It was market-day. As I passed near the cross, I observed two people look at me with great earnestness: after which one of them exclaimed, “I will be damned if I do not think that this is the very fellow those men were enquiring for who set off an hour ago by the coach for ——.” I was extremely alarmed at this information; and, quickening my pace, turned sharp down a narrow lane. The moment I was out of sight I ran with all the speed I could exert, and did not think myself safe till I was several miles distant from the place where this information had reached my ears. I have always believed that the men to whom it related were the very persons who had apprehended me on board the ship in which I had embarked for Ireland; that, by some accident, they had met with the description of my person as published on the part of Mr. Falkland; and that, from putting together the circumstances, they had been led to believe that this was the very individual who had lately been in their custody. Indeed it was a piece of infatuation in me, for which I am now unable to account, that, after the various indications which had occurred in that affair, proving to them that I was a man in critical and peculiar circumstances, I should have persisted in wearing the same disguise without the smallest alteration. My escape in the present case was eminently fortunate. If I had not lost my way in consequence of the hail-storm on the preceding night, or if I had not so greatly overslept myself this very morning, I must almost infallibly have fallen into the hands of these infernal blood-hunters.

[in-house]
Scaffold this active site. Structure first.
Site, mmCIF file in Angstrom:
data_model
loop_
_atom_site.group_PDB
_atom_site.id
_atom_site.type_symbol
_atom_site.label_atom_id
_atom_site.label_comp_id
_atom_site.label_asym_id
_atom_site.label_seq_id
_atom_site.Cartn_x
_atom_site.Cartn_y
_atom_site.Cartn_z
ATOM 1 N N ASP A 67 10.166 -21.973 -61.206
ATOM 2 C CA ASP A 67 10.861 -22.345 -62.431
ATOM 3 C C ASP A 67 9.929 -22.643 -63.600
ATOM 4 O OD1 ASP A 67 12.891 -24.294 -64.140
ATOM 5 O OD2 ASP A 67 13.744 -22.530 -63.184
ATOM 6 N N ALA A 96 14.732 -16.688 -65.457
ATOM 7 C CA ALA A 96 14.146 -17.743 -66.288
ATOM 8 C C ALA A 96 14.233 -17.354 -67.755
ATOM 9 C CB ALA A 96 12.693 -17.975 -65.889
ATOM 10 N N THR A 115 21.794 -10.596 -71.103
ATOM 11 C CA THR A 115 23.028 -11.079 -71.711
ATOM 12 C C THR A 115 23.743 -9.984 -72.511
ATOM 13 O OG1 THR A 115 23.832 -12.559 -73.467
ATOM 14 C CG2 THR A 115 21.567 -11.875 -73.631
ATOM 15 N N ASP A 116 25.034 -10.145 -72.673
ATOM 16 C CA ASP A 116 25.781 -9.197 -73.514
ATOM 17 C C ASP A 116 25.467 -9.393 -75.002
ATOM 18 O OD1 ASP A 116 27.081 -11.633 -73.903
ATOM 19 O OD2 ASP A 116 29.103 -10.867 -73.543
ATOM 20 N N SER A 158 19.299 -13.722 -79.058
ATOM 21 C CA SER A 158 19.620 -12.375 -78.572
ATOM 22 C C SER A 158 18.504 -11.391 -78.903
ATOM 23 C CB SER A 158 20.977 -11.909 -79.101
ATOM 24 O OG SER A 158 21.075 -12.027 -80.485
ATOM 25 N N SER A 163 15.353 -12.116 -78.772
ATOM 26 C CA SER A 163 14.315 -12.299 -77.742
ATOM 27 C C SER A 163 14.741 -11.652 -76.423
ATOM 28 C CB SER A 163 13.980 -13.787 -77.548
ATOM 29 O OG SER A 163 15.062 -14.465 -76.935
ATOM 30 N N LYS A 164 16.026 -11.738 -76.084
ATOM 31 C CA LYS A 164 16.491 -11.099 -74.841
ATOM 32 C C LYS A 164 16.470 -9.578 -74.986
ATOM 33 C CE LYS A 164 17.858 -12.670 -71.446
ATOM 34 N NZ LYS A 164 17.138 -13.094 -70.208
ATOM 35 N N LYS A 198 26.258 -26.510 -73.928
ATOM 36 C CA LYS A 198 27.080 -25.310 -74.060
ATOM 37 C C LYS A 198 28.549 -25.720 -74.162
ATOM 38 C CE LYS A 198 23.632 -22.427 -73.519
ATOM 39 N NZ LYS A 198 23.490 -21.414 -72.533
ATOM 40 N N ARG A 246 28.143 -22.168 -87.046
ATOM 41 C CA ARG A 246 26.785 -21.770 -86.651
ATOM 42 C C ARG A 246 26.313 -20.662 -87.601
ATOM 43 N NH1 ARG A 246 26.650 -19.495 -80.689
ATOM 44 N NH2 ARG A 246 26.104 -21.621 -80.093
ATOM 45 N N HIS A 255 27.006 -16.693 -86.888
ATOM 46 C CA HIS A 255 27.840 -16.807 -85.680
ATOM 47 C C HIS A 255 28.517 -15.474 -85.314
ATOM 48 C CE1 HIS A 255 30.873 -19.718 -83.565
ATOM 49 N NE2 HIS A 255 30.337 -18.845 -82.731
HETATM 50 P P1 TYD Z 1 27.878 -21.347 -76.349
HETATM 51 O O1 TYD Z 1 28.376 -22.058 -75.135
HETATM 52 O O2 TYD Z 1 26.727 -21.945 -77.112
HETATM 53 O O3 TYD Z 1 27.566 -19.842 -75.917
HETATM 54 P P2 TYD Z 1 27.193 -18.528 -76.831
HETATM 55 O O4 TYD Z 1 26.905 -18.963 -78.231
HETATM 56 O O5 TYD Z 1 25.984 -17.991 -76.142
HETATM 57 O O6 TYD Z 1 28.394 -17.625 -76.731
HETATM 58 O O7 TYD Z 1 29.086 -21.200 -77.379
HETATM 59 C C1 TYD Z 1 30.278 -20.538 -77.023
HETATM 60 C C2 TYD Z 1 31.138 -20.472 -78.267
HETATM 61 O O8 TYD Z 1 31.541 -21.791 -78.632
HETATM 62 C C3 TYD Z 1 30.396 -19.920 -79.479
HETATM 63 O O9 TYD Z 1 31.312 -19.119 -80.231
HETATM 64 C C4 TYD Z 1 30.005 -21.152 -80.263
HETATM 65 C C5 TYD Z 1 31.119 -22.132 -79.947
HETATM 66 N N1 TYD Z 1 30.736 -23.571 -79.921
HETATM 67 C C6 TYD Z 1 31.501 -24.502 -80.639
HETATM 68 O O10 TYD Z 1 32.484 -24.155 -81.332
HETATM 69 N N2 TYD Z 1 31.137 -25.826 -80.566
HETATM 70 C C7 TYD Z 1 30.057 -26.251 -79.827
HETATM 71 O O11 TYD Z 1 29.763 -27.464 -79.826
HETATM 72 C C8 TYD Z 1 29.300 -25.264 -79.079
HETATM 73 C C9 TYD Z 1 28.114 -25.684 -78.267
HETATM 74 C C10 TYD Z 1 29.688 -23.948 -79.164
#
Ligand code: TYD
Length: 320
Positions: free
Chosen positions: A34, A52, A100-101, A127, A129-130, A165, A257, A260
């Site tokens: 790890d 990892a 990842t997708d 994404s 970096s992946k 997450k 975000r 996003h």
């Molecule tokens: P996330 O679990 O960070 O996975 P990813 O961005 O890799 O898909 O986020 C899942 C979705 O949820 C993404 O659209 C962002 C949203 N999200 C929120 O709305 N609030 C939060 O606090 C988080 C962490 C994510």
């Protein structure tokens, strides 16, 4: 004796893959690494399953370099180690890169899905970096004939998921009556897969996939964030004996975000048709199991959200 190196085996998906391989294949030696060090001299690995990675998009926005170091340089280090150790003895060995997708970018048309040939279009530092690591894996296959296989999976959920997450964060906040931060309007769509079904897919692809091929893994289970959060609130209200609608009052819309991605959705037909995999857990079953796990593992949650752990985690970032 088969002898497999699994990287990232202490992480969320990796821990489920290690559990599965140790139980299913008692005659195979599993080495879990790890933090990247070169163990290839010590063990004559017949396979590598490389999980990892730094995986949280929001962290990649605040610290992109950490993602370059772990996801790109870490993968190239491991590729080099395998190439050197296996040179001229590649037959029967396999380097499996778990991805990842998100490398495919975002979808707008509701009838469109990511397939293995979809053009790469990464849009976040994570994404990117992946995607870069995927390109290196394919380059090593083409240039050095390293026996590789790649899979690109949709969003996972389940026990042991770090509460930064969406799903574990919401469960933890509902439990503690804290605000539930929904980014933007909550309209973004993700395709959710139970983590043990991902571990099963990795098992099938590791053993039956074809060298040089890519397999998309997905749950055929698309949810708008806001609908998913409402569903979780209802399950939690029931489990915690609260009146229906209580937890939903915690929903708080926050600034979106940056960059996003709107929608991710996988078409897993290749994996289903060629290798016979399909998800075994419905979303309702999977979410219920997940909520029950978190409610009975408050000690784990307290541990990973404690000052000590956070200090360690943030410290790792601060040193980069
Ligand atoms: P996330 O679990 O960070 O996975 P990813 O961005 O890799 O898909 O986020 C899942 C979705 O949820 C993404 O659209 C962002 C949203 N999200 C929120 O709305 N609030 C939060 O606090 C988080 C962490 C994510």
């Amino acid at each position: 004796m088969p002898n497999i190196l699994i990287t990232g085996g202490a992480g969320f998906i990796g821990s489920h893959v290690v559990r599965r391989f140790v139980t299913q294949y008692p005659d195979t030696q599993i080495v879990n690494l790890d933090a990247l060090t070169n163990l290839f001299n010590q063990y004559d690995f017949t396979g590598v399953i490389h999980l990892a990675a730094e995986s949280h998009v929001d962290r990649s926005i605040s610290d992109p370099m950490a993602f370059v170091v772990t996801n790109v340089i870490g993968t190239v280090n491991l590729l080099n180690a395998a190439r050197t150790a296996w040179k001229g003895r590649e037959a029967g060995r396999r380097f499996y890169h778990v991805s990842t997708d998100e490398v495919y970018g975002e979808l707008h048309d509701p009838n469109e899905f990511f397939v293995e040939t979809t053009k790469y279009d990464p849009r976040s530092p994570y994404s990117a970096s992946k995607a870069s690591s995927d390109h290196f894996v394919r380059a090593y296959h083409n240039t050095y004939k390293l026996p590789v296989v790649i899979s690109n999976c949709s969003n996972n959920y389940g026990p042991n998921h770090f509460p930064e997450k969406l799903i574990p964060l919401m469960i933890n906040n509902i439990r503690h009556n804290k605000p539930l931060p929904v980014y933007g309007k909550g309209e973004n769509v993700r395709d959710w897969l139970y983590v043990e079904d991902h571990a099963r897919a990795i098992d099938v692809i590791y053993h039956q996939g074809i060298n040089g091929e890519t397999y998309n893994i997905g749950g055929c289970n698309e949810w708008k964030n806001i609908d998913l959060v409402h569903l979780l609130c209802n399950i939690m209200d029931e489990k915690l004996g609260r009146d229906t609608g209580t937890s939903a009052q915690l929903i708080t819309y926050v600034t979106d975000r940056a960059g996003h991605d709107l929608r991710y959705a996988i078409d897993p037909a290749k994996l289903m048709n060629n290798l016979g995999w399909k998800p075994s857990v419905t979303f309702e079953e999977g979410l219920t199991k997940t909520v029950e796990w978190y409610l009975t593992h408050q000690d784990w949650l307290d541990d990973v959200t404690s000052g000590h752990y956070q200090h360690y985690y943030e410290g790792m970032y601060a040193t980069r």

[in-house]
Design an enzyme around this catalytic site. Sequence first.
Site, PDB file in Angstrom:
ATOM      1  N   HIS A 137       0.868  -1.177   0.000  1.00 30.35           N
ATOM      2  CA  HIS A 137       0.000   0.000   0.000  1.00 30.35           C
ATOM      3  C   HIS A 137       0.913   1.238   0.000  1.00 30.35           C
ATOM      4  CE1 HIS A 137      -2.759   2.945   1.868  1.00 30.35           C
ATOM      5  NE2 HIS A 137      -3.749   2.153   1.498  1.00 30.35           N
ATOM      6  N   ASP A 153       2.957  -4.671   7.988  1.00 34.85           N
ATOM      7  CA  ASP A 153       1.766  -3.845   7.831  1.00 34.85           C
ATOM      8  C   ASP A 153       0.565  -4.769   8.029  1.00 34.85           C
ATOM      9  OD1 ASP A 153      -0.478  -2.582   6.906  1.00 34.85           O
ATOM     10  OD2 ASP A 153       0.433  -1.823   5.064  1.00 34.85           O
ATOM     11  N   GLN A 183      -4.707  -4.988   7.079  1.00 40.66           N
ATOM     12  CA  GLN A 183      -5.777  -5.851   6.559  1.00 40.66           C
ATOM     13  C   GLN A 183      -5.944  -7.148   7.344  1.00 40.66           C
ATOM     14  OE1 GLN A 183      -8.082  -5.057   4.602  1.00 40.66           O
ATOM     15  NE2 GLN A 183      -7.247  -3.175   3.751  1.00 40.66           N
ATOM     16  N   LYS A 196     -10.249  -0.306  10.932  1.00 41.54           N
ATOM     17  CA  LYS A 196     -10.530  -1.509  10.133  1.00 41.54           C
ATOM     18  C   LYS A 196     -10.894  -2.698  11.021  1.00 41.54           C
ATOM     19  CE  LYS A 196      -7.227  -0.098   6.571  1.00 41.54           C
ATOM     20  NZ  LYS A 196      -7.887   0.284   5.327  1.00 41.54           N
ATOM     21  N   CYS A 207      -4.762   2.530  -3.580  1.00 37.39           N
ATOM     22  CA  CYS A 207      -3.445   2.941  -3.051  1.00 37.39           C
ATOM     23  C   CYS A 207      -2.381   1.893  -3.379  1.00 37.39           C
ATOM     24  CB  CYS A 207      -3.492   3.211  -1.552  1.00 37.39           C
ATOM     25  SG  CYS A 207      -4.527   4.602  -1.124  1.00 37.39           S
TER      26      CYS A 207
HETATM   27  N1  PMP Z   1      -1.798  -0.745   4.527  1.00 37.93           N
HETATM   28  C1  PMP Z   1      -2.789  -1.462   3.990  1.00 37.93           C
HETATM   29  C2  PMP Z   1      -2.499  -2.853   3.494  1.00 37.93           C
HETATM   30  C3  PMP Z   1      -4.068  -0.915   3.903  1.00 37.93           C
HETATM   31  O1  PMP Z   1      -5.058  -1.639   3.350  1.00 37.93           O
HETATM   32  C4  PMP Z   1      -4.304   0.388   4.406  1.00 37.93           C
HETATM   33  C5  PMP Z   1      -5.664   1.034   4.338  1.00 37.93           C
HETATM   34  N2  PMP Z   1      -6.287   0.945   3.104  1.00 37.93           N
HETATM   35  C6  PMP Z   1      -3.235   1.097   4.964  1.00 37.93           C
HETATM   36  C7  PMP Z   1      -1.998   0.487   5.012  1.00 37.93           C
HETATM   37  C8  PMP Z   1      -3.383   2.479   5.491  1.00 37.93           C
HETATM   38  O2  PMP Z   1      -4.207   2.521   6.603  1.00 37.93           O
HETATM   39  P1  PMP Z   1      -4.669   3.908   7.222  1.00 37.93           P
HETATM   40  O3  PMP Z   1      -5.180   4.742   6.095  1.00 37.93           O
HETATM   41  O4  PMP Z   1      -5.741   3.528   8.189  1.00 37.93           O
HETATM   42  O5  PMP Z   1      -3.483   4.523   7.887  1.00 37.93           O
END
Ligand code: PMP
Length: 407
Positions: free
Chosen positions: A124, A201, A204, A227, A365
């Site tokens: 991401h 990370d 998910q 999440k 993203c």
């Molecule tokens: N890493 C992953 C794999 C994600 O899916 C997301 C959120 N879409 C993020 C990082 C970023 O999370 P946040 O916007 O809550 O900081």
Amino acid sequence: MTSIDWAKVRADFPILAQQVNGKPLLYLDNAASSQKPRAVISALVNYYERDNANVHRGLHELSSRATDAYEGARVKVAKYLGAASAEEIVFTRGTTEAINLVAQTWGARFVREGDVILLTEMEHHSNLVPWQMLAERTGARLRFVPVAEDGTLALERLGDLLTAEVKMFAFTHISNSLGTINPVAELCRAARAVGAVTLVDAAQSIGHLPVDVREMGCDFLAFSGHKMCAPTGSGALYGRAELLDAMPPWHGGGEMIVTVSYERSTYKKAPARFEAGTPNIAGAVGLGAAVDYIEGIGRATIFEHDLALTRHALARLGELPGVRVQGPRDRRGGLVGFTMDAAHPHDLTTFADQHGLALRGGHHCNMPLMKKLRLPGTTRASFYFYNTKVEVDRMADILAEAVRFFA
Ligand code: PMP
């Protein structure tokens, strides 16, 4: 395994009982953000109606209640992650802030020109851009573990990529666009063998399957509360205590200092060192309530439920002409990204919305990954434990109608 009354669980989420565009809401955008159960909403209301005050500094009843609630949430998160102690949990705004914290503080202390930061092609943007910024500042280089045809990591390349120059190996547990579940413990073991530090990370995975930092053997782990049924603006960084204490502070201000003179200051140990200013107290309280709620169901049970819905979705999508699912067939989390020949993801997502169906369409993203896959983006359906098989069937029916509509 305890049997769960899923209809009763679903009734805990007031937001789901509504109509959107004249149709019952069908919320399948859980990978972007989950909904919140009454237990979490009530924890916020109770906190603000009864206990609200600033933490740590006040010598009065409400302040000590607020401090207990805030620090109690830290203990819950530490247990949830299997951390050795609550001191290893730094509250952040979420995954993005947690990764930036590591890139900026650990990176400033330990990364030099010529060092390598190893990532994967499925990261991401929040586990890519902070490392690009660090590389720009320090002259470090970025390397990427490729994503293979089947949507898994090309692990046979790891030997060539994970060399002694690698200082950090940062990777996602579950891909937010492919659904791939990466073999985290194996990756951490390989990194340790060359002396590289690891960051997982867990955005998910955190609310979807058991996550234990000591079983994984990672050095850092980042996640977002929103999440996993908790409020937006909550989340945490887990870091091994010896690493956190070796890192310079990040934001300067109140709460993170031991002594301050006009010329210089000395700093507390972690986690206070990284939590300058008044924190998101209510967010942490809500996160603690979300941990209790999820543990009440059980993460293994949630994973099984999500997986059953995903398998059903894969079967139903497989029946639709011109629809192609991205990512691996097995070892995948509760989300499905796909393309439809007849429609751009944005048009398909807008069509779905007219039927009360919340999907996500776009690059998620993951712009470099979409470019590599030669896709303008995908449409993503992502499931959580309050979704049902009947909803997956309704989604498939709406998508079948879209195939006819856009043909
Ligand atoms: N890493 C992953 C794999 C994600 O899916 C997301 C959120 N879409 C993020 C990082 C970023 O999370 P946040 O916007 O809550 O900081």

The town they had chosen for their next stage, the name of which I had thus caught in the market-place, was the town to which, but for this intimation, I should have immediately proceeded. As it was, I determined to take a road as wide of it as possible. In the first place to which I came, in which it was practicable to do so, I bought a great coat, which I drew over my beggar’s weeds, and a better hat. The hat I slouched over my face, and covered one of my eyes with a green-silk shade. The handkerchief, which I had hitherto worn about my head, I now tied about the lower part of my visage, so as to cover my mouth. By degrees I discarded every part of my former dress, and wore for my upper garment a kind of carman’s frock, which, being of the better sort, made me look like the son of a reputable farmer of the lower class. Thus equipped, I proceeded on my journey, and, after a thousand alarms, precautions, and circuitous deviations from the direct path, arrived safely in London.

Last updated Sunday, March 27, 2016 at 11:55